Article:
yesterday and could not be
reached.
The SL cabinet described the
decision in a statement as "re-
grettable," reaffirming their belief
in the basic principles of the SAC
motion. Continued SL work in
the human relations field was
promised.
The two bias vetoes stand by
themselves as the only occasions
on which the President has re-
versed a recommendation of the
SAC, the highest organ of student
government.
THE BIAS clause question has
had a long and turbulent history
at the University.
In 1948, the SL setdup a
joint Committee on Discrimina-
tion, headed by Legislature
President John Ryder, '53L, and
containing representatives from
the IFC, Panhel, League, Union,
SL, and other campus organiza-
tions.
The =result of this was a report
embodying the core of what came
to be known as the "Michigan
Plan." Ryder presented the report
in April, 1948, and the Legislature
adopted its two proposals that
spring. They were:
First, that the Student Affai
Committee refuse recognition to
any future organization which
prohibited membership because of
race, religion, or color. This, in ef-
fect, barred recognition of any new
fraternities which had such dis-
criminatory clauses.
Second, that the constitution&~
of all organizations be placed on
file with the SAC.
* * *

THESE TWO points were ac-
cepted by the SAC in May by a
one vote margin, and are still in
effect.
The "Michigan Plan," how-
ever, embraced no means of ac-
t i o n against discriminating
groups already in existence. SL
let this problem ride during most
of the 1949-50 school year, pend-
inr epnpted action bv the IFC.

I New Chairman

Ridgway Hits
Red Charges
WASHINGTON - (P) - Gen.
Matthew B. Ridgway told Congress
yesterday Communist charges that
the Allies used gas and germ war-
fare in Korea should serve as a
"monumental warning" of deadly
danger to the free world.
In a voice harsh with scorn,
Ridgway denounced the Commun-
ist propaganda trumpetings as
"false in their entirety.",
Addressing a crowded joint
meeting of the Senate and House
-with the scene broadcast from
coast to coast by television cam-
eras-Ridgway told his listeners:
"The extent to which Commun-
ist leaders have gone in fabricat-
ing, disseminating and persistently'
pursuing these false charges
should impress upon the brains of
those who yet fail to refuse to see
the purpose of Communism, the
deadly danger with which it con-
fronts us and the free world."

-Daily-Don Campbell
NEW CHAIRMAN - Remus
Boila, '53 BAd, president of the
business administration school
class of '53, was chosen chairman
of the Senior Board made up of
all-college senior class presidents
last night.

WASHINGTON - (M) - The
House slashed $1,626,200,000 from
President Truman's foreign aid
program in a series of votes yes-
terday.
The decision meant that House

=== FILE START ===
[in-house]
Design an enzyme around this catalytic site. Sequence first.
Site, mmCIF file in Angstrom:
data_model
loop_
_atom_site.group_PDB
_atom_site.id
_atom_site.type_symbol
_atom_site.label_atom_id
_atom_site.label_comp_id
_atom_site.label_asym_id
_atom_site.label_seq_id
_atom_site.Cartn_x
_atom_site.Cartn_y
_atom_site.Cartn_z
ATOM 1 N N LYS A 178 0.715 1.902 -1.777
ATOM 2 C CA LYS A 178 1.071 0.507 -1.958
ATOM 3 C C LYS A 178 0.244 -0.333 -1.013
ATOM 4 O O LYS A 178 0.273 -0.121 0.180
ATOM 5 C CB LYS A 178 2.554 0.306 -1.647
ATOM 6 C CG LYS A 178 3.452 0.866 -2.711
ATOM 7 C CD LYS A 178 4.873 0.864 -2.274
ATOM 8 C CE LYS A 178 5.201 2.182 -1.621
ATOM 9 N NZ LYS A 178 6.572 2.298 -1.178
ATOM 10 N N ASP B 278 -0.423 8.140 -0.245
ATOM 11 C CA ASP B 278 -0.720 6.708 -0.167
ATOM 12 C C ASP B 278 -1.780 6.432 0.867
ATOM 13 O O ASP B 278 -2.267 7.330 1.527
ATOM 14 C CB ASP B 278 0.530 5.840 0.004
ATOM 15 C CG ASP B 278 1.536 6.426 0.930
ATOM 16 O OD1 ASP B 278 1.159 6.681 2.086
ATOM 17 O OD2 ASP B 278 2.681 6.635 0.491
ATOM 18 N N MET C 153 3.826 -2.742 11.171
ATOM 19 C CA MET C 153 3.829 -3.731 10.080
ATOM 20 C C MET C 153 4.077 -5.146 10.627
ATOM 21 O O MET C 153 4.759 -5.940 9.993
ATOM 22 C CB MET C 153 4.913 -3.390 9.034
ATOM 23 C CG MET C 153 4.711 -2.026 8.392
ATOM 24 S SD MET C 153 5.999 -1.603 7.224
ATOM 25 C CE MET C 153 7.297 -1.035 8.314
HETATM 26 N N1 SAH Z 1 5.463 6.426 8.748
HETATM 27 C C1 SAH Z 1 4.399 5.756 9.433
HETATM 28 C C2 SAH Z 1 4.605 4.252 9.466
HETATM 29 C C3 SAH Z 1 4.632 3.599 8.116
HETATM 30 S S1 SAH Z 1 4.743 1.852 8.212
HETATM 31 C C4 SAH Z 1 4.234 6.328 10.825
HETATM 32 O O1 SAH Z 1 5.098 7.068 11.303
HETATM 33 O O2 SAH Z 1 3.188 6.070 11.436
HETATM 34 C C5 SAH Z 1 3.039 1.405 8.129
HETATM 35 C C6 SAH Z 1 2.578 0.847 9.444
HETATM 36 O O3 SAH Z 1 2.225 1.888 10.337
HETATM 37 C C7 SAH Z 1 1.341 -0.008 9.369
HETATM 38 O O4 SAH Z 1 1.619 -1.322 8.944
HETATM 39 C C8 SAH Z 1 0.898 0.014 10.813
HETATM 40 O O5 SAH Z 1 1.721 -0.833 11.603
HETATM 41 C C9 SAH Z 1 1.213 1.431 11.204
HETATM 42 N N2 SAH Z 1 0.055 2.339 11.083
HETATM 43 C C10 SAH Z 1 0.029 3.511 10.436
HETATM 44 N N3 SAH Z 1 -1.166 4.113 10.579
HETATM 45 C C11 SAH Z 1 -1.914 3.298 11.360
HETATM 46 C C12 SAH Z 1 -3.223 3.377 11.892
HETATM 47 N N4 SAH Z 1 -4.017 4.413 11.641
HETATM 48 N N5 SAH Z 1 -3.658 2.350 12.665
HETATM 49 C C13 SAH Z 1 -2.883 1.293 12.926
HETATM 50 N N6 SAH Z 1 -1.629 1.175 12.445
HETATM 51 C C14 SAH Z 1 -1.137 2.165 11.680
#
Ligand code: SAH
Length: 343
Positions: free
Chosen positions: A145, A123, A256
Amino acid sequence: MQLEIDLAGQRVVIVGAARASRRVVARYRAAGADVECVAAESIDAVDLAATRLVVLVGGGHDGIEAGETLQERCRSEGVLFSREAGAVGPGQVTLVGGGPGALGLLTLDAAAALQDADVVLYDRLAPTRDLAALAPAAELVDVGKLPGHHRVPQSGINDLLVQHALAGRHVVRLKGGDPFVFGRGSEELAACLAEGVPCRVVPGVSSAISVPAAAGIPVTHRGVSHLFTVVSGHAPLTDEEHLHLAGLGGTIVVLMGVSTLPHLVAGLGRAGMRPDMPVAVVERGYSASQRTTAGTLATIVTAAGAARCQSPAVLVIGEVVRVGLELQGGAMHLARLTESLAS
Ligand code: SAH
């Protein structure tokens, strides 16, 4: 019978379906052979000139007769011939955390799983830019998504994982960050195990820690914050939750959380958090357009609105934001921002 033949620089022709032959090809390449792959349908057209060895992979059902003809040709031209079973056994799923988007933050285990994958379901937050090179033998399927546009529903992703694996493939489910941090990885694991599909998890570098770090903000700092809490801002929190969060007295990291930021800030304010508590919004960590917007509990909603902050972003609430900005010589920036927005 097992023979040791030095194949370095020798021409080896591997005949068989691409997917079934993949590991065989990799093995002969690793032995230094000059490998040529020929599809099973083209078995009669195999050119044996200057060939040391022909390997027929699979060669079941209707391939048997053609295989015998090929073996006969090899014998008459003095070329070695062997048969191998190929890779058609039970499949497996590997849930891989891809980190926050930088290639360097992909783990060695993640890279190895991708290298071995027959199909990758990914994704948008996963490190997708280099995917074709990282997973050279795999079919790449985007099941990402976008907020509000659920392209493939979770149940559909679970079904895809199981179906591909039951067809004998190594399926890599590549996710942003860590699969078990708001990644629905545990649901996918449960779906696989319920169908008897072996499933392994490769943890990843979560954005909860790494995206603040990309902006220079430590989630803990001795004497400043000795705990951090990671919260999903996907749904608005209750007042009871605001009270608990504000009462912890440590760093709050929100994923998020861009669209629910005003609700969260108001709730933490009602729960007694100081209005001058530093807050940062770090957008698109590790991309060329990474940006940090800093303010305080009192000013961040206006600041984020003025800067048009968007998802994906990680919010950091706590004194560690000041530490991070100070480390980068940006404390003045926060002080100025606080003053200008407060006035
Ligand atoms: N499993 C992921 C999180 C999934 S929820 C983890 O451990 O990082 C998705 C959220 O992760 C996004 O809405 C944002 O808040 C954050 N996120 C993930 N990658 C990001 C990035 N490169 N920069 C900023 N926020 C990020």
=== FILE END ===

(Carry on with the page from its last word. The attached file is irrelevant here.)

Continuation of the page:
supporters of Sen. Taft of Ohio
had won a round in their fight for
sizable reductions. Rep. Vorys (R-
Ohio), a Taft backer, led in the
demand for cuts. Supporters of

Gen. Dwight D. Eisenhower, Taft's
nomination, came out for smaller
rival for the G.O.P. Presidential
reductions.
The President has asked for $7,-
900,000,000 to give direct military
aid and economic assistance to
countries aligned with the United
States against the threat of Com-
munist aggression.

CONVENTION PLANS WON'T BE AFFECTED:
Harris, Thorpe Acclaim

Veto of SL Anti-Bias Bill

By MIKE WOLFF
Diane Harris, '53, president of Panhel, and Pete Thorpe, '53, presi-
dent of the Interfraternity Council, last night acclaimed President
Hatcher's veto of the SL anti-bias clause plan as "just and realistic."
In a statement to The Daily, Thorpe and Miss Harris said the
Panhellenic and IFC Councils agreed with President Hatcher that
the processes of education and personal and group convictions will
ring us forward faster, and on a sounder basis, than the proposed
methods of coercion."
* * * *
THORPE AND MISS HARRIS pointed out two definite steps taken
y the IFC and Panhel to facilitate discriminatory clause removal.
They are:1) the establishment of a Big Ten Counseling and Informa-
ion service at the University; and 2) recommendations by the Big
'en IFC's and Panhels that their members take bias clause removal

C

Delta Tau Delta's president Bob Shetler, '52E, said his chap-
ter "definitely will take action and/or will vote in favor of re-
moving restrictive clauses" at their national convention in August.
Sigma Alpha Mu will fight for removal of their clause in August
in spite of the convention's defeat of such a motion last year, accord-
ing to SAM president Bill Altman, '52BAd.
A motion to remove bias clauses will also be brought up by Alpha
Tau Omega at their convention in June. ATO's president Don Weir,
'53A&D, said that in the past such a motion had been tabled after
the predominating Southern chapters threatened to drop out of the
national fraternity if bias clauses were removed.
TRIGON'S PRESIDENT Jim Sellgren, '54, said his fraternity was
attempting to affiliate with a national and obtain a constitution from
them mxwithAon. a c raiz.P

only way his fraternity's clause would be removed was in a "piece-
meal" fashion.
LaRue felt SL was "stepping out of bounds in attempting to
achieve something that was already gradually taking place." He ex-
pressed the belief that SL was antagonizing the fraternities by its
action.
Phi Delta Theta president, Doug Lawrence, '53 A&D, believed
discussion of discriminatory clauses was on the :,agenda for their
August convention but said his chapter "hasn't been really concerned
about restrictive clause removal on this campus although it has been
discussed."
Sigma Chi's president Bud Stoddard, '52BAd, felt that while
feelings in his fraternity towards cluse removal were mixed, "the
strongest feeling is to maintain the status quo."
The presidents of Lambda Chi Alpha, Theta Chi, Sigma Nu and